Eric Klein was mad as hell. On the December day in 2004 when the tsunami hit Southeast Asia, Klein was hit by a drunk driver. Klein didn’t realize it at the time, but the two events would change his life. Along with the rest of the world, Klein watched as billions of dollars poured into relief organization coffers for the devastated people of Sri Lanka. Six weeks later, little of the money seemed to be getting to the people on the ground, the villagers whose lives had been swept away by the storm. “The biggest relief effort in history, over $7 billion, and we had no idea how the money is being spent.” Klein says he couldn’t find Sri Lanka on the map, but was determined to help out with some of the settlement money he got from the car accident. He and two of his buddies would go there to help however they could. He asked himself, “How hard can it be?” What he found were untouched stacks of supplies in a warehouse across the street from needy villagers. What was intended to be a 5-day trip turned into a 4-month relief effort. He worked with several villages on things they needed: he helped build houses and public bathrooms; he bought simple necessities for the hospitals, shoes and toiletries for the villagers. He helped them organize to rebuild their communities.
From that experience CAN-DO, or Compassion into Action Network-Direct Outcome, was born. CAN-DO has helped communities by supplying provisions in the wake of the hurricanes that have slashed the gulf coast, flooding in Iowa and Rwanda, and power cut-offs in South Dakota, on the Crow Creek Reservation. On the reservation, Klein says he saw the worst poverty, where people earn less than $4000 a year, a place where the average life expectancy is 44 years. The utility company in the region had begun to shut off the power of residents during days of extreme cold – even against the company’s own cold-weather policy – because residents were overdue on their power bill. “I’m not some white guy going in saying, ‘here, take this, do this.’ They say what they want.” Lisa Lengkeek, whose brother worked with Klein to expose the power cut offs, said Klein came to them through an “act of the universe.” He wasn’t able to get the company to give the residents any breaks, but he is helping them to realize a dream: CAN-DO and a tribal organization called Tree of Life are partnering to build a women’s crisis center that will also house a commissary that will provide essentials like food, diapers and other dry goods. They still need $7000 to complete the project.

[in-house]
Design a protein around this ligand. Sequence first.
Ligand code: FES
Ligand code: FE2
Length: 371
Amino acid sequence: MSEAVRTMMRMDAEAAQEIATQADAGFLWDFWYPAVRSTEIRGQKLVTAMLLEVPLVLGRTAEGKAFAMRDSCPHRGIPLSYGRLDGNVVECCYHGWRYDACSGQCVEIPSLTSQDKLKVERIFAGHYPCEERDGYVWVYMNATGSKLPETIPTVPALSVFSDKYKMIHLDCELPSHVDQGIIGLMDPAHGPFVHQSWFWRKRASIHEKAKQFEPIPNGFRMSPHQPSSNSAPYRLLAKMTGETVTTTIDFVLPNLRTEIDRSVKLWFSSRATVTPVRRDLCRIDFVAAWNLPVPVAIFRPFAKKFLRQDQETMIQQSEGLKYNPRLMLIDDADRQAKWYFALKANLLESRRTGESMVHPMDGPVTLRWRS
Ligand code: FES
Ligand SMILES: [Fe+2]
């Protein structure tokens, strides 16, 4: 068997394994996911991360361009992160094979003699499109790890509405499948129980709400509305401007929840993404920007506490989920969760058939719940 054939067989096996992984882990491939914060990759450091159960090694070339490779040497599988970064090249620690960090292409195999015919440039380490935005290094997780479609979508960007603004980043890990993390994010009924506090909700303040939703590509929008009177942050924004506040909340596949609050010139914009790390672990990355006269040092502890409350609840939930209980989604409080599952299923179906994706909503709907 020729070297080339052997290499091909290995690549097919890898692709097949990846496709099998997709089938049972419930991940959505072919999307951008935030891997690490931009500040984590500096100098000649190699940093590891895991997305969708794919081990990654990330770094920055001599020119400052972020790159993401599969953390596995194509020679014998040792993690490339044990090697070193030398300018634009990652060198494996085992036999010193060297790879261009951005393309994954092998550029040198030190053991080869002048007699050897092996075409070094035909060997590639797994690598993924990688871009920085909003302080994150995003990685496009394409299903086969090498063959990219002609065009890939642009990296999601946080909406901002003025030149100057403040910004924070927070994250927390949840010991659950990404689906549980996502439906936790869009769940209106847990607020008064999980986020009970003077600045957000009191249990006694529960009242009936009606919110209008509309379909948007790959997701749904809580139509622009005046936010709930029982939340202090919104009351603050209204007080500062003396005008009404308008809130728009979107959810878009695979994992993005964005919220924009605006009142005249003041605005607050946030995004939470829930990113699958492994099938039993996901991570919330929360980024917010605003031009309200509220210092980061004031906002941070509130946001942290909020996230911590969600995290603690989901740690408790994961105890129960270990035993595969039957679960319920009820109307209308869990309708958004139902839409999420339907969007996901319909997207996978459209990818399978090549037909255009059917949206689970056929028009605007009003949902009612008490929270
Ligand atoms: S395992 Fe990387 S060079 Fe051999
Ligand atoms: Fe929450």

Klein said in the beginning he used to fly under the radar, just go out and help wherever he could without looking for publicity. After competing on Oprah’s Big Give, he realized the value of self-promotion, that to get the attention of funders, you need to get noticed. “People think we’re this big organization, but we’re not,” Klein says of CAN-DO, which is made up of a few of his friends and his mother and father. When they hear about a community in need, they pool resources and jump in to help. “We don’t have a religious or political agenda. We don’t cut checks for salaries. We have a low overhead. All the [donated] money goes into the communities we serve. We get the community involved,” says Klein. Along with spending his own money, he has received grants or supplies from Oprah Winfrey, North Face, the Airline Ambassadors and other groups. To measure accountability for people’s donations, CAN-DO has created the Virtual Volunteer, “the first online, interactive real-time video web site which allows millions world wide to Watch LIVE and interact via chat as you personally witness your contributions make it into the hands of those in need.”
Klein can be reached at 646-228-7049
Wednesday, June 17, 2009
(This article was published in the summer 2011 issue of Lyme Times)
Anne Myre remembers the day she woke up with aching muscles and severe joint pain. It hurt to turn her neck. Within days, her feet were so sore, it hurt to walk, and an overwhelming fatigue set in, making it nearly impossible to drag herself out of bed. Although she showed her doctor the bull’s eye rash she had developed after being bitten by a tick, she was told she had arthritis, bursitis, flu, plantar fasciitis, and depression. Her job was threatened for taking so many sick days. She was 24.